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Audiophile Snake Oil

Audiophile Snake Oil

The Audiophile Wild West

Audiophiles live in the wild west. $495 will buy an "audiophile fuse" to replace the $1 generic fuse that came in your audio amplifier. $10,000 will buy a set of "audiophile speaker cables" to replace the $20 wires you purchased at the local hardware store. We are told that these $10,000 cables can be improved if we add a set of $300 "cable elevators" to dampen vibrations. You didn't even know that you needed elevators!  And let's not forget to budget at least $200 for each of the "isolation platforms" we will need under our electronic components. Furthermore, it seems that any so-called "audiophile power cord" that costs less than $100, does not belong in a high-end system. And, if cost is no object, there are premium versions of each that can be purchased by the most discerning customers.  A top-of-the line power cord could run $5000. One magazine claims that "the majority of listeners were able to hear the difference between a $5 power cable and a $5,000 power cord". Can you hear the difference? If not, are you really an audiophile?

The Audiophile Trail

If we browse through the top audiophile magazines, or search the internet for "audiophile accessories", it seems clear that great sound requires a significant  investment in esoteric components. You will find many articles, reviews, videos and advertisements describing the remarkable improvements in sound quality that can be achieved when upgrading fuses, cables, and other passive components. The audiophile trail could be long and expensive, are you prepared? There may be gold in those hills, will you find it? What trails or maps will you follow? From whom will you take advice? Who will you trust?

The Journey that Never Ends

One audiophile fuse company releases an improved model every year or two. Obviously you will want to upgrade your fuses whenever their "latest research" delivers "new technology". Remarkably, we are being told that mundane passive components, such as fuses and cables, hold the keys to great sound.

One reviewer writes; "I’ve realized how a single cable could make or break a HiFi system … it made the difference between enjoying a system – and being annoyed with it.". This reviewer goes on to say that "blind tests are pointless" and then says that "a cable could measure the same - but sound different." The reviewer claims to "have an obsession with audiophile cables". This is demonstrated by the fact that he has "spent the past five years auditioning and experimenting with over 1,000 audiophile cables". Clearly, he believes that he hears a difference, it is hard to doubt his sincerity. Has it taken him five years to strike gold, or has he been deceived by fool's gold at the bottom of a deep money pit?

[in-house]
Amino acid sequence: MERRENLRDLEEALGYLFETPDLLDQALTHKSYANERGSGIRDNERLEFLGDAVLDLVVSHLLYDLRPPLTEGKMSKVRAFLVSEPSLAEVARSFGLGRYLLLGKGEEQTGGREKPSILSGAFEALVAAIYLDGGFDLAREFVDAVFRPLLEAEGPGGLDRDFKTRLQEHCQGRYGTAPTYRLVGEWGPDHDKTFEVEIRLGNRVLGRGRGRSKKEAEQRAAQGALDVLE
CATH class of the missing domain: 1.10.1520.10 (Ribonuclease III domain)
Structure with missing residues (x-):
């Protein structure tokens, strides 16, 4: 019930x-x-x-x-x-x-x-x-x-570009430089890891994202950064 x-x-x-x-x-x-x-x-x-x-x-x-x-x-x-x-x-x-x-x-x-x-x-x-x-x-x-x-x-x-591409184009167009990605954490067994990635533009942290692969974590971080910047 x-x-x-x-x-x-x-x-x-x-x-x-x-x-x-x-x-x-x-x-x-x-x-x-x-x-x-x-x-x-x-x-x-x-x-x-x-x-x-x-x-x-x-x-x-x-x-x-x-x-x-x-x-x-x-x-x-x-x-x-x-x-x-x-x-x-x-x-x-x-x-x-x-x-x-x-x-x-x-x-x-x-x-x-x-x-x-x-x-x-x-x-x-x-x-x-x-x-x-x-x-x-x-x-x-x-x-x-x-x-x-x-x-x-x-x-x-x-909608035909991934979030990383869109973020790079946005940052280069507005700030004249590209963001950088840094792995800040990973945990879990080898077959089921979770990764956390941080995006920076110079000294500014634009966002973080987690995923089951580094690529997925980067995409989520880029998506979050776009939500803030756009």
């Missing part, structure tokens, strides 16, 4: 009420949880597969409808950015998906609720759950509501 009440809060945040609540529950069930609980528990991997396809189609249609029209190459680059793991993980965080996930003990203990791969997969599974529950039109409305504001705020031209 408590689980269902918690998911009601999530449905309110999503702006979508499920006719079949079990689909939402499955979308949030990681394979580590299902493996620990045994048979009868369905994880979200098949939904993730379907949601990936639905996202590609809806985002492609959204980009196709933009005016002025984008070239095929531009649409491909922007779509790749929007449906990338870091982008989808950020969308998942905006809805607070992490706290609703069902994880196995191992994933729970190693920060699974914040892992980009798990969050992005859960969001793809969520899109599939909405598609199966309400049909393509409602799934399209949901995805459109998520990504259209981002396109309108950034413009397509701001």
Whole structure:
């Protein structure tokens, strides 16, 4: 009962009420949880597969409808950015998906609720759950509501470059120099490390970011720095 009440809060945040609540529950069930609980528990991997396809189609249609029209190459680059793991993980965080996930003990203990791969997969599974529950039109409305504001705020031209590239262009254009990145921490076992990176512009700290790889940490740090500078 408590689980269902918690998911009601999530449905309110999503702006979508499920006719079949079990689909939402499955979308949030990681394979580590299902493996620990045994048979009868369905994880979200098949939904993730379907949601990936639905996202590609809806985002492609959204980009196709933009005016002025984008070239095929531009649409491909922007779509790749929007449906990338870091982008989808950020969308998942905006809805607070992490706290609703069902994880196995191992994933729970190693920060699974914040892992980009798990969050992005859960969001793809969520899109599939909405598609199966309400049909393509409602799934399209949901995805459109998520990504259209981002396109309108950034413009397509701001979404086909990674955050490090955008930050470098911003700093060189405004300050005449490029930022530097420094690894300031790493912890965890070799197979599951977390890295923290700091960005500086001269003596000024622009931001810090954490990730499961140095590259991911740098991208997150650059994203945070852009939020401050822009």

The Market Craves a Cure-All

The wild west brought us the gold rush, the railroads, snake oil, and the traveling snake oil salesman.

Look at Clark Stanley's Snake Oil claims:

  • "Instant relief"
  • "The strongest and best for pain and lameness"
  • "For rheumatism, lame back, toothache, sprains, swellings, etc."
  • "Good for man and beast"

The Clark Stanley Snake Oil Liniment Co. was a success because people wanted to believe that these cure-all claims were true. His liniment was sold throughout the USA and Canada until it was tested by the US Bureau of Chemistry in 1916. He was fined $20 for peddling mineral oil as snake oil.

Compare Clark Stanley's claims to those of an audiophile fuse company:

  • "Dramatic new levels of sonic realism"
  • "Wall-to-wall, floor-to-ceiling soundstaging"
  • "Unparalleled resolution, dynamics, and frequency extension"
  • "Guaranteed results"

These $595 fuses seem to be a commercial success. Audiophiles crave a quick and easy cure-all. Curiously, miracle cures seem to gain more credibility when they have very high prices.

I Have Some Questions about Audiophile Fuses:

Why are audiophile fuses directional when they are protecting AC circuits? Why do these fuses require a break-in period? Why does the break-in period exceed the length of the free trial? Are these fuses custom built from exotic materials, or are they just $1 fuses that have been painted with fancy colors and graphics? I could break one open to find out, but my money-back guarantee would be void. If these fuses are custom built, do they meet applicable safety standards? Will I get "wall-to-wall, floor-to-ceiling soundstaging" at the risk of wall-to-wall, floor-to-ceiling smoke?

Search the internet and you will find plenty of positive testimonials regarding audiophile fuses. Should we believe these claims?

The Truth About Snake Oil Liniment

Here is what we know about the "snake oil" that was sold in the United States in the late 1800s and early 1900s:

  • Some snake oils had medicinal value.
  • The medicinal value was almost always overstated.
  • The product was almost always overpriced.
  • Some snake oil was made from the wrong kinds of snakes and it had much less medicinal value.
  • Some so-called "snake oil" did not actually contain snake oil, may not have had any medicinal value. Some may have contained harmful substances.
  • Some snake oil salesmen may have believed in their product and in some or even all of their product claims.
  • Many of their customers believed that the snake oil worked for them.
  • Other snake oil salesmen knew that they were charlatans. These salesmen often used shills in the crowd who would testify to the healing properties of the medicine.
  • Modern prescription drugs are tested for safety and effectiveness. These drugs are subjected to double-blind tests in order to eliminate placebo effects.
  • Today, many over-the-counter medicinal remedies and supplements are still sold without scientific testing. Labels and advertisements use carefully worded claims to avoid regulation.
  • Curiously, you can still buy snake oil in 2024.

The Truth About "Snake Oil" Cables

  • Some "snake oil" cables may produce very small but measurable effects. In some cases, these measurable effects may reach the threshold of audibility. But in most cases, the measurable differences are too small to be audible.
  • Some measurable differences, such as velocity factor, have no impact on the analog cables used in a hi-fi system.